A study in the United Kingdom performed by Baker et al6 at about the same time similarly focused on the clinical characteristics of patients who had a positive toxin test compared to those with a negative toxin test, but had a positive PCR result. Although the number of samples and patients was smaller, the results showed a mortality rate of 38 percent in patients who were positive for toxin compared to 11 percent in those who were PCR-positive but toxin-negative. Patients negative by both assays had a mortality rate of 10 percent, which was similar to the group that was toxin-negative but PCR-positive. Longer bouts of diarrhea were observed in the toxin-positive patients, and there was a high resolution of symptoms without treatment at 14 days in toxin-negative patients. The use of Ct values for quantitating target DNA was not supported.
In a study performed at the University of California Davis Medical Center by Polage et al,7 1,416 hospitalized patients were analyzed. Patients who were positive for toxin and by PCR had higher numbers of C. difficile, higher duration of diarrhea, a greater risk of diarrhea, and higher frequency of hypervirulent 027 strains than other groups. In addition, they had higher levels of fecal lactoferrin (i.e., more extensive intestinal inflammation). This group of patients also had more CDI-related complications (megacolon, fulminant colitis, ICU care related to CDI) and deaths. The authors noted that their findings were consistent with the view that CDI is a toxin-mediated inflammatory disease, and that in the absence of toxin, patients had less antibiotic exposure, lower C. difficile counts, less inflammation, and milder symptoms despite minimal or no treatment. Further, the findings in this study corroborated the results of Planche et al, leading the authors to conclude that most patients with negative toxin test results may not need treatment for CDI, even if C. difficile is detected by NAAT or toxigenic bacterial culture. The results also indicated that patients who had severe or complicated CDI missed by toxin tests were rare. Based on these findings, the authors suggested that as many as half of patients positive by PCR are overdiagnosed and exposed to unnecessary treatment.
The results of several smaller recent studies further support the importance of toxin detection. Beaulieu et al8 found that patients who were positive only by PCR had lower white blood cell counts and fewer complications, shorter length of stay in the hospital, and in general, were clinically less severe. Koo et al9 noted a doubling in incidence following the implementation of PCR, and found that patients who had toxin in their stool were sicker and hospitalized for longer periods. Patel et al10 looked at community-acquired CDI and found that white blood cell counts were significantly higher in toxin-positive patients. Their results similarly showed that toxin-positive patients were clinically more severe. Yuhashi et al11 found that the duration of symptoms was significantly shorter in toxin-negative patients and comparable to patients who were negative for the organism. In an extension of the work by Planche et al, Kumar et al12 found that there were no patients who were toxin-positive but GDH-negative, and that a positive toxin result was associated with higher white blood cell counts and C-reactive protein. These authors also concluded that patients infected with toxigenic strains of C. difficile but who were toxin-negative should be considered as potential spore excretors. Shimizu et al,13 using a combination GDH and toxin as the initial test, found that patients who had toxin in their stool were sicker, and proposed the use of toxigenic culture for discordant samples, although NAAT would be more practical.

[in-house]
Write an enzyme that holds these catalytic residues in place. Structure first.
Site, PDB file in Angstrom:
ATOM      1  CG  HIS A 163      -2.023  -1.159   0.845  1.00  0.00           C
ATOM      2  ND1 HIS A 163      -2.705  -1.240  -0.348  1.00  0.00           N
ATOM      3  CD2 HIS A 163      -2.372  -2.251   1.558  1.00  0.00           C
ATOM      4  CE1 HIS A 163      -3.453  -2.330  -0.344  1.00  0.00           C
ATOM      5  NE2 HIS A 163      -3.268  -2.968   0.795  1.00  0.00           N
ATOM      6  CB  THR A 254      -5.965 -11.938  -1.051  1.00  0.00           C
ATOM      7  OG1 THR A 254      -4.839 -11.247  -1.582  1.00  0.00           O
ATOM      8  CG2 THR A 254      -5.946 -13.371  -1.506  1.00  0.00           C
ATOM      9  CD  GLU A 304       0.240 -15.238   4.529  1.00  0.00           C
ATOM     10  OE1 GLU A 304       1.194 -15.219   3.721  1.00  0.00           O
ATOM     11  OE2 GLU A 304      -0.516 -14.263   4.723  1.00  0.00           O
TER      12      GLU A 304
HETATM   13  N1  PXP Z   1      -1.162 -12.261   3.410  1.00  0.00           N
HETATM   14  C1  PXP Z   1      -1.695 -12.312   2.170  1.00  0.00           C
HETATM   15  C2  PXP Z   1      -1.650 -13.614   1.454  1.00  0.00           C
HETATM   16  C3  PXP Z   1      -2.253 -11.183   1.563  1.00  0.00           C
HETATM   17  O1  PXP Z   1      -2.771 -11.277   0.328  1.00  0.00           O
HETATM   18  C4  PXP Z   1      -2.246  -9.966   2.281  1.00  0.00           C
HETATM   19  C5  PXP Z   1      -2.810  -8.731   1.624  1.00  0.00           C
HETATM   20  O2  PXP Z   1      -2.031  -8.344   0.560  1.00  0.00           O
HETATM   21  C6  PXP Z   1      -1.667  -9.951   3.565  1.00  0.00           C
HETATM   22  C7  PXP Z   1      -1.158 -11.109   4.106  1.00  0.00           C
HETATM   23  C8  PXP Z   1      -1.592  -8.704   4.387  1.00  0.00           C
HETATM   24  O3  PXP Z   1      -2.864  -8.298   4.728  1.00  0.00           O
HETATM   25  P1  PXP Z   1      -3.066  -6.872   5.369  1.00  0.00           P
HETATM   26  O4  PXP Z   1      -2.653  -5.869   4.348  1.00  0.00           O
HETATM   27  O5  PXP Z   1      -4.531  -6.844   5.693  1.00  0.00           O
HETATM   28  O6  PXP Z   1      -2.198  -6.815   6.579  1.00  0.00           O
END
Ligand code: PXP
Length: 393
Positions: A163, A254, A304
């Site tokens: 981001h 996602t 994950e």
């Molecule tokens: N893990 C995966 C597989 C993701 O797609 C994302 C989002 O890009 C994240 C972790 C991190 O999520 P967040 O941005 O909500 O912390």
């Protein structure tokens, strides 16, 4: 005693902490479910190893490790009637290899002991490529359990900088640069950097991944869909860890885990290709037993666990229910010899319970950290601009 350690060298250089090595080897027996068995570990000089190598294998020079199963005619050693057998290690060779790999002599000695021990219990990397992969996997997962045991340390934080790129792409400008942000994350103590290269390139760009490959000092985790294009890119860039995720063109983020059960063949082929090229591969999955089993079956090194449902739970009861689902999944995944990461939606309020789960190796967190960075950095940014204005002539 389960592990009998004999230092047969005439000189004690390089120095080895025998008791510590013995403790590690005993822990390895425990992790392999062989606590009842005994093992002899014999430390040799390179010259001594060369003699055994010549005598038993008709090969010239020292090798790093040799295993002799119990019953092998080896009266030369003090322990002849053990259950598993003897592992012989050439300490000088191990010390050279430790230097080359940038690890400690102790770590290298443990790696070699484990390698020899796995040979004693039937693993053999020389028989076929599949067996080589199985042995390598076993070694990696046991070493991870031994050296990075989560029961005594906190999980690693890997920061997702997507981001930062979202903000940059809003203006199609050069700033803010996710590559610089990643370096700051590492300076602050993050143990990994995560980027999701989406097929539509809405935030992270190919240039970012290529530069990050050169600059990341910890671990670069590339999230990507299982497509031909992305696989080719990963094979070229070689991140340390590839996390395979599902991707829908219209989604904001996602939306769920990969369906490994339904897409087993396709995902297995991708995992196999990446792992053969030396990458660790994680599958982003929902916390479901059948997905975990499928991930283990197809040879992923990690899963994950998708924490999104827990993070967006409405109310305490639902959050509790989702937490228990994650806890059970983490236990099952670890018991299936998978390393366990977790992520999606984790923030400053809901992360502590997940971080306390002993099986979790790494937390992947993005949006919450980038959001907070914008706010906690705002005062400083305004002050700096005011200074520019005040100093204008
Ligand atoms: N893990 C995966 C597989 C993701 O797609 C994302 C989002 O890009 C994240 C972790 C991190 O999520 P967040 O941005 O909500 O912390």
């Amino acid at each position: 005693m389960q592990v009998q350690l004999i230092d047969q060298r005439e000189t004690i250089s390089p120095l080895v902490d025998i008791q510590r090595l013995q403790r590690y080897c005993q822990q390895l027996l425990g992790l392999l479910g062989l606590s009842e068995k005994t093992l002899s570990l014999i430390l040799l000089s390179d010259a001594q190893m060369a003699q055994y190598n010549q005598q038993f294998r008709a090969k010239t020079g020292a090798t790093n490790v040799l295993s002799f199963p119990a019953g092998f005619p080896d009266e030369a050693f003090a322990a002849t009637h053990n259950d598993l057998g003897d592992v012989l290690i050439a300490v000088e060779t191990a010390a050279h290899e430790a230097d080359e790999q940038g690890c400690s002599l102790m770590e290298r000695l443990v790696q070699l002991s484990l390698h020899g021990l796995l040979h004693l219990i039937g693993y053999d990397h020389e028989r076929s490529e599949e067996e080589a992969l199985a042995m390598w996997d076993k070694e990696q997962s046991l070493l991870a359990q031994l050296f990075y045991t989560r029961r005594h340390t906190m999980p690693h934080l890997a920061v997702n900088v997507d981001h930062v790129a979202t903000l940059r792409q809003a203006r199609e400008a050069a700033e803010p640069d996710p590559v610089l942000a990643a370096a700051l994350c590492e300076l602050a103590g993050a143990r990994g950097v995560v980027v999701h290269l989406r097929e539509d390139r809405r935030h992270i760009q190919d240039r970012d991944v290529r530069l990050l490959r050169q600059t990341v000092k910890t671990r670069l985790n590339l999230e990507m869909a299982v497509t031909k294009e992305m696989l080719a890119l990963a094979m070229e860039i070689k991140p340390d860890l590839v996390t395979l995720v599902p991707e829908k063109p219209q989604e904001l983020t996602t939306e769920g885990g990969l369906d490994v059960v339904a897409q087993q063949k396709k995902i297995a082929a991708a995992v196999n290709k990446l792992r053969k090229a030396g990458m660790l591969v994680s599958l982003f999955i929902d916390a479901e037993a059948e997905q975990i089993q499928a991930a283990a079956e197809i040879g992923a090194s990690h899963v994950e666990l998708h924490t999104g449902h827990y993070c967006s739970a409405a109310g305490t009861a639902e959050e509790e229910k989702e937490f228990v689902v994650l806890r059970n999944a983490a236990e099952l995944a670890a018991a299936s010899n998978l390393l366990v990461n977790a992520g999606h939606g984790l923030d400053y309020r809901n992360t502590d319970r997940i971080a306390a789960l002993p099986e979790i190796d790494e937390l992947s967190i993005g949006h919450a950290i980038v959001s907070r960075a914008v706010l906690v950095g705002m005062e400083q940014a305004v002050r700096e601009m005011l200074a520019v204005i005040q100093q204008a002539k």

Recommendations for testing
- In a large meta-analysis of results from numerous publications, the following recommendations were developed and adopted for CDI testing in Europe:14
- All submitted unformed stool samples from patients three years or older should be tested. Samples from children under three should be limited to a physician’s request only.
- Formed stool samples should not be tested. If ileus is suspected, a rectal swab can be used for toxigenic culture, NAAT, or GDH.
- Diagnosis should be based on clinical signs and symptoms in combination with laboratory tests.
- A two-step algorithm should be used, starting with either NAAT or GDH. Samples negative at this stage should be reported as negative for CDI. Samples that are positive should be tested with a toxin A/B EIA. Samples positive for toxin in symptomatic patients should be reported as CDI-positive.
- If GDH-negative/toxin-positive results are obtained, these should be considered invalid, and the sample should be retested.